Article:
Such perceptions are consequential: they may affect the extent to which people suffer. Take the earthquakes in North East Groningen. Someone who believes the self causes negative outcomes in life might focus on how he/she should never have moved to this region and engage in self-blame which is likely to further increase distress (despite the knowledge it is not one’s own fault one is suffering from the earthquakes). Whereas someone who has a high belief in chance might be more likely to ‘accept’ (if one can) the earthquakes as just bad luck.

How about people’s societal beliefs, such as causes of criminal behavior? We find that the explanations people give are determined by their justice beliefs. For example, someone who sees nature as responsible for injustice will consider criminal behavior as due to genetic disposition, whereas someone who sees chance as responsible may say that criminals just took a bad turn in life.  Such beliefs can be consequential: think to court cases in which one has to decide what caused a crime. In a recent case a criminal got a reduced jail sentence because he had a gene that makes persons more vulnerable to aggressiveness. Thus, the extent to which we see behavior as nature-caused or self-caused influences the harshness of our judgment.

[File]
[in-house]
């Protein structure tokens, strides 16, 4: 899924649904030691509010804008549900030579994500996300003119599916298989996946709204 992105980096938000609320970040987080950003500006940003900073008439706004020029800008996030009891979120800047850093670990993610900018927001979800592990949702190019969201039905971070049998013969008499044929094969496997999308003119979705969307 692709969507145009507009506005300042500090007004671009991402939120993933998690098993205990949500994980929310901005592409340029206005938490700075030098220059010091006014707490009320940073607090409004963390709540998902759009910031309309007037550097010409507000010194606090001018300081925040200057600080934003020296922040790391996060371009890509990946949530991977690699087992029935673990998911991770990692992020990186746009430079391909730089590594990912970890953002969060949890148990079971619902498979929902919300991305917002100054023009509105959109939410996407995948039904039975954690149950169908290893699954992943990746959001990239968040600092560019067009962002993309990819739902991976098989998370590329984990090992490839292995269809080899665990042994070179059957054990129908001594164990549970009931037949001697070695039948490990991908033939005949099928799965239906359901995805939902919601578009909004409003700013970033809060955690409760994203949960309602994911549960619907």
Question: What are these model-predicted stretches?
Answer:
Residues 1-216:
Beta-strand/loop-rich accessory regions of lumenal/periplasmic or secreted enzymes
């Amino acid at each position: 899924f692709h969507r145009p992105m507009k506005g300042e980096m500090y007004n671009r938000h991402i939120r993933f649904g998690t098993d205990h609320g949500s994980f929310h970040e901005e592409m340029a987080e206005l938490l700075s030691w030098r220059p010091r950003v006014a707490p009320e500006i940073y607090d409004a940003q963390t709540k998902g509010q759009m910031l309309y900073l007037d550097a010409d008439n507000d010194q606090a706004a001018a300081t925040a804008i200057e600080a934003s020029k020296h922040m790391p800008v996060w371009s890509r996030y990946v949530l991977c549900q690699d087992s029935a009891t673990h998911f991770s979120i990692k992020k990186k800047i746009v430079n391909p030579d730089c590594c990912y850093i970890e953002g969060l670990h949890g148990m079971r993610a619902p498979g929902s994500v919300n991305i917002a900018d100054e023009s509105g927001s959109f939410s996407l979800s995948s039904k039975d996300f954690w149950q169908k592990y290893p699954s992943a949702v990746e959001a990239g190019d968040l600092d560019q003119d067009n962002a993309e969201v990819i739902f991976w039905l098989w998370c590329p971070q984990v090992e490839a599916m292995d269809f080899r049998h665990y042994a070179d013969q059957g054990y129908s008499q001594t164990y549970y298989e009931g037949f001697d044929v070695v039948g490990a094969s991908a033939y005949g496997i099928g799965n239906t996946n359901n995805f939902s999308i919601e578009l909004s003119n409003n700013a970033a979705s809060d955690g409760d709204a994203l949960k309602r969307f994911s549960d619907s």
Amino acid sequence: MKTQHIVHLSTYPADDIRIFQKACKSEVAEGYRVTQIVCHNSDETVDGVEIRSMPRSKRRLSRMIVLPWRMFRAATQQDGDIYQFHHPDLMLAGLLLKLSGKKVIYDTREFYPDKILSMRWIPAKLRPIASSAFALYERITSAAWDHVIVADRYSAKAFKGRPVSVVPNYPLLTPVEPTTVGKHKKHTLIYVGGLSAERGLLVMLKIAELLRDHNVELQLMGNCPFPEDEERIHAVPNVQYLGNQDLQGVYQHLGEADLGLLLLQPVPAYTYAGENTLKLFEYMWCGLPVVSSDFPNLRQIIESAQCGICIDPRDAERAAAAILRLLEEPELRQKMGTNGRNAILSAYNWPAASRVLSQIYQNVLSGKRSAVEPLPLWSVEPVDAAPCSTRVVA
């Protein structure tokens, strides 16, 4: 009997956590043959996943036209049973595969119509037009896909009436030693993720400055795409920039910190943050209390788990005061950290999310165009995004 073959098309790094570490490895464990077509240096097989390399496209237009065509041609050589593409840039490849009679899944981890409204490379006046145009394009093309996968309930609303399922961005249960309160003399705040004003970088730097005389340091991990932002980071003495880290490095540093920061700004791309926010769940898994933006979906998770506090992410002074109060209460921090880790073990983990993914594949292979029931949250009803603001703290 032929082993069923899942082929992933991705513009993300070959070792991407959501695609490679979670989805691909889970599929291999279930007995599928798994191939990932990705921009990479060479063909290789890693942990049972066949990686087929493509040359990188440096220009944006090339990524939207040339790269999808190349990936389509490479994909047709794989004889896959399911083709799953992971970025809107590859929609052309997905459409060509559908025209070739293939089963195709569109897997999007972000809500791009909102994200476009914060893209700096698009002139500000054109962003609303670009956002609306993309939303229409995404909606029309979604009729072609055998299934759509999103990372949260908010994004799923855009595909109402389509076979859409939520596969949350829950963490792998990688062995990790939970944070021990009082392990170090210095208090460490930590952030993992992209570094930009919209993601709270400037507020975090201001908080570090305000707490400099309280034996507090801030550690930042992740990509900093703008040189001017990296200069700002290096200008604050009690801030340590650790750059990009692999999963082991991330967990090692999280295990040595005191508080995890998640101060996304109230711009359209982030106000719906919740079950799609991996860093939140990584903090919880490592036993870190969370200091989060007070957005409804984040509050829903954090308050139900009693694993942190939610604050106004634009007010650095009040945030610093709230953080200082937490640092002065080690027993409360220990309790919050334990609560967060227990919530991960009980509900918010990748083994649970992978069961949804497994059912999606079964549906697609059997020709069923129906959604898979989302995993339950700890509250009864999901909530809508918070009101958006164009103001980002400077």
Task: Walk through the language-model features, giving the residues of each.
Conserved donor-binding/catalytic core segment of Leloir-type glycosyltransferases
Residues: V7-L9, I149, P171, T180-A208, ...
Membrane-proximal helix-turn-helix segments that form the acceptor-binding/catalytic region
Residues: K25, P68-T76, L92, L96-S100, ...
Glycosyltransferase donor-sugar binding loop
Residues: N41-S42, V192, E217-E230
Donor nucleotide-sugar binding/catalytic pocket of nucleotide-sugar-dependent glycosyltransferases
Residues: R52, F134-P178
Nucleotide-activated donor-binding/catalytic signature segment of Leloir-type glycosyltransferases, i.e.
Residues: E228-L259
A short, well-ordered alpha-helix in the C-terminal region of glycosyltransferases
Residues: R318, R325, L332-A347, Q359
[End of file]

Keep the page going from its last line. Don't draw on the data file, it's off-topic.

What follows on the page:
So people have different beliefs about who or what is responsible for (in)justice in life and these beliefs are consequential, they affect perceptions of responsibility for important life events, societal attitudes and, although I have not discussed this here in much detail (but see Stroebe et al., 2015), the types of actions people engage in. If we think back to A.F.T.H., we might suppose such beliefs also impact how you perceive and respond to such major events as the death of a child. We plan to study this in the future. For now, I hope I have taken you a small step in the direction of understanding how people may explain ‘the inexplicable’.

Note: image by Reimund Bertrams (pixabay).


Barber, N. (2010, July 13th). Pity the poor murderer, his genes made him do. Retrieved from https://www.psychologytoday.com/blog/the-human-beast/201007/pity-the-poor-murderer-his-genes-made-him-do-it

Lerner, M.J. (1980). The belief in a just world. A fundamental delusion. New York: Plenum Press.

Stroebe, K., Postmes, T., Täuber, S., Stegeman, A., & John, M-S. (2015). Belief in a Just What?: Demystifying Just World Beliefs by Distinguishing Sources of Justice. PLoS ONE. 10.1371/journal.pone.0120145